If you look at the side profile of a typical recumbent seat (some hard shell seats on this page) you'll see that the top 1/4 of the seat is much more upright than the main body, thus supporting your shoulders and head in a relatively upright position. I doubt that your sofa has this feature :wink:
Personally, although some of my 'bents have had a neck rest, I never really found them of much use, except as a high mounting point for a rear light :shock:
"42"

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PaulCumbria
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Re: Ever had trouble explaining why you ride a recumbent?

Postby PaulCumbria » 15 Dec 2013, 11:18am

To the casual observer I'd say it looks like the diamond frame rider has more work to do in keeping his/her head up, especially when in a tuck.

The spine is canted well forward, with the head having to be supported by neck muscles alone - no supporting skeletal structure.

By contrast the recumbent rider's head, while being tilted forward relative to the shoulders, still sits balanced on the top of the spine. Some neck muscles are used to keep the head forward, but it's nothing like as extreme as a DF rider in a crouch.

There's no doubt that tired upright riders sometimes struggle to keep their heads up, while I've never felt any need for a headrest on a recumbent, even after a long day's ride. I think headrests are offered by some recumbent manufacturers simply to satisfy demand from those who think it LOOKS like one might be necessary.

I once had a DF rider come alongside while we were battling a headwind and ask "Is that thing comfortable?" It takes considerable restraint not to be deeply sarcastic in such circumstances...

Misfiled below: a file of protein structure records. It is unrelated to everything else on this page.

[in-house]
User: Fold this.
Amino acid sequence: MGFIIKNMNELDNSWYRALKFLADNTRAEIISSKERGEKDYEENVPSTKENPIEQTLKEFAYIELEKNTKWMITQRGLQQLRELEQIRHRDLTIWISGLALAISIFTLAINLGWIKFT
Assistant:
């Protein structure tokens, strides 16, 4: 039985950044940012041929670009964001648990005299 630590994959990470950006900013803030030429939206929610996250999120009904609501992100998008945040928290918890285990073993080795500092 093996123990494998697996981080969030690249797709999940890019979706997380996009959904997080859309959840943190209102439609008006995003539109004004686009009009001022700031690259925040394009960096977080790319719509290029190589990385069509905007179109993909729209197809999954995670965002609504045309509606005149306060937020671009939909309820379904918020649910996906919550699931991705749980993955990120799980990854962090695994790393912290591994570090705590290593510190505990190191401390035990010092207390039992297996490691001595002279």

Stradageek
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Re: Ever had trouble explaining why you ride a recumbent?

Postby Stradageek » 15 Dec 2013, 11:46am

Yup, I've had the same from a group of motorcyclists who cruised up next to me and said "that looks horribly uncomfortable", difficult to know how to respond - "No, it's beautifully comfortable" was all I could manage.

Acid test for me was the end on a Trivets ride, I watched all the other riders climbing slowly and painfully off their bikes, rubbing shoulders and stretching out slowly whilst I hopped off and was first at the tea bar without an ache anywhere (except perhaps in the legs!)

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Re: Ever had trouble explaining why you ride a recumbent?

Postby brynpoeth » 21 Jan 2018, 1:57pm

Positive thread alert, worth resuscitating
It is only four years old :wink:
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Cunobelin